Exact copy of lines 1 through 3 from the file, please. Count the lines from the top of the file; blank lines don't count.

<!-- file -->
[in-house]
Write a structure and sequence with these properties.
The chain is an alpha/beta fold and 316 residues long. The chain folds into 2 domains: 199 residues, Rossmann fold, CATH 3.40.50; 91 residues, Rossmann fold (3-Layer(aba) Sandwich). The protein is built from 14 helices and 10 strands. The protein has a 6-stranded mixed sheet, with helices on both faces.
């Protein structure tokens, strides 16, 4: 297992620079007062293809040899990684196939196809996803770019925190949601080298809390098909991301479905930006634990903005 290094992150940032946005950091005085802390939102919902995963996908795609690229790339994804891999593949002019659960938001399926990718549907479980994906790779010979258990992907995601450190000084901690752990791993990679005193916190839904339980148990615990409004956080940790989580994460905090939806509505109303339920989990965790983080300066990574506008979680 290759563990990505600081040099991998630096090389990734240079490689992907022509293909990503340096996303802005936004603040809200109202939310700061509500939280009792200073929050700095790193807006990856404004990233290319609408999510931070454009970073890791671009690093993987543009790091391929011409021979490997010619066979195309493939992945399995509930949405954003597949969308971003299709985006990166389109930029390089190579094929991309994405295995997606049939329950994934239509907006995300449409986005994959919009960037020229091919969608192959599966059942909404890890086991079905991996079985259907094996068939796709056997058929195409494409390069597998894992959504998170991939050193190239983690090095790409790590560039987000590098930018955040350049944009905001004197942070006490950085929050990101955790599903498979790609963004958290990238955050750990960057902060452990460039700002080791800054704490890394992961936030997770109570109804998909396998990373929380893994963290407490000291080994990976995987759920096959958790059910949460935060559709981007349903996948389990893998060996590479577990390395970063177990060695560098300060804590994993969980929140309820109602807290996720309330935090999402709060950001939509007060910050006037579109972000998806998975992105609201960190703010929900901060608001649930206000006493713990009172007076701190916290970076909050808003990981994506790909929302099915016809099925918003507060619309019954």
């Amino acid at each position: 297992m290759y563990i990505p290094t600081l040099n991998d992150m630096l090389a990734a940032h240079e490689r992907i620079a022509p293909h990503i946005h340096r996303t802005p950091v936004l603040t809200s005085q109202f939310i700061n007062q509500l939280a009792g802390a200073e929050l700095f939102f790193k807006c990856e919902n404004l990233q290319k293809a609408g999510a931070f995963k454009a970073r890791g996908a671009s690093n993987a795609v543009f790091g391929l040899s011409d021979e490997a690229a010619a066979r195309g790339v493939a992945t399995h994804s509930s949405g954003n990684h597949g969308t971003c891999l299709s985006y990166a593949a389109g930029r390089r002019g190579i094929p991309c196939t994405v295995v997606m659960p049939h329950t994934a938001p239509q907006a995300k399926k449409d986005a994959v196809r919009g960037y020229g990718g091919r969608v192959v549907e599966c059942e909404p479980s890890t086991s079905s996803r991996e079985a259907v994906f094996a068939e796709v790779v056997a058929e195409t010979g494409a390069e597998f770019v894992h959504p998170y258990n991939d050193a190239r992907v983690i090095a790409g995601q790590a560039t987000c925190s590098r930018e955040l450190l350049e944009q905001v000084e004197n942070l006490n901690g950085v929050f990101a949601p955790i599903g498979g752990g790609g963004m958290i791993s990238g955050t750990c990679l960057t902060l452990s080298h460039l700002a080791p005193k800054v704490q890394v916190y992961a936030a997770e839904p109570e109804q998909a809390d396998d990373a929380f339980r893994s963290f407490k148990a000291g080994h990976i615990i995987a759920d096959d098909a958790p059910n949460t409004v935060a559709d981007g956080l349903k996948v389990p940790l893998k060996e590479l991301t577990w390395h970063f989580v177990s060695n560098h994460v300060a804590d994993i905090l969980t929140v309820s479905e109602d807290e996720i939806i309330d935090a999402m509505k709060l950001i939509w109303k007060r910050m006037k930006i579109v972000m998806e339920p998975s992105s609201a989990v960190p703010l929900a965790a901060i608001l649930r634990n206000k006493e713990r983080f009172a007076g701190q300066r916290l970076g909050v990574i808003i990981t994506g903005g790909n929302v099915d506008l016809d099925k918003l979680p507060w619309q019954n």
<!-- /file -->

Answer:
[in-house]
Write a structure and sequence with these properties.
The chain is an alpha/beta fold and 316 residues long. The chain folds into 2 domains: 199 residues, Rossmann fold, CATH 3.40.50; 91 residues, Rossmann fold (3-Layer(aba) Sandwich). The protein is built from 14 helices and 10 strands. The protein has a 6-stranded mixed sheet, with helices on both faces.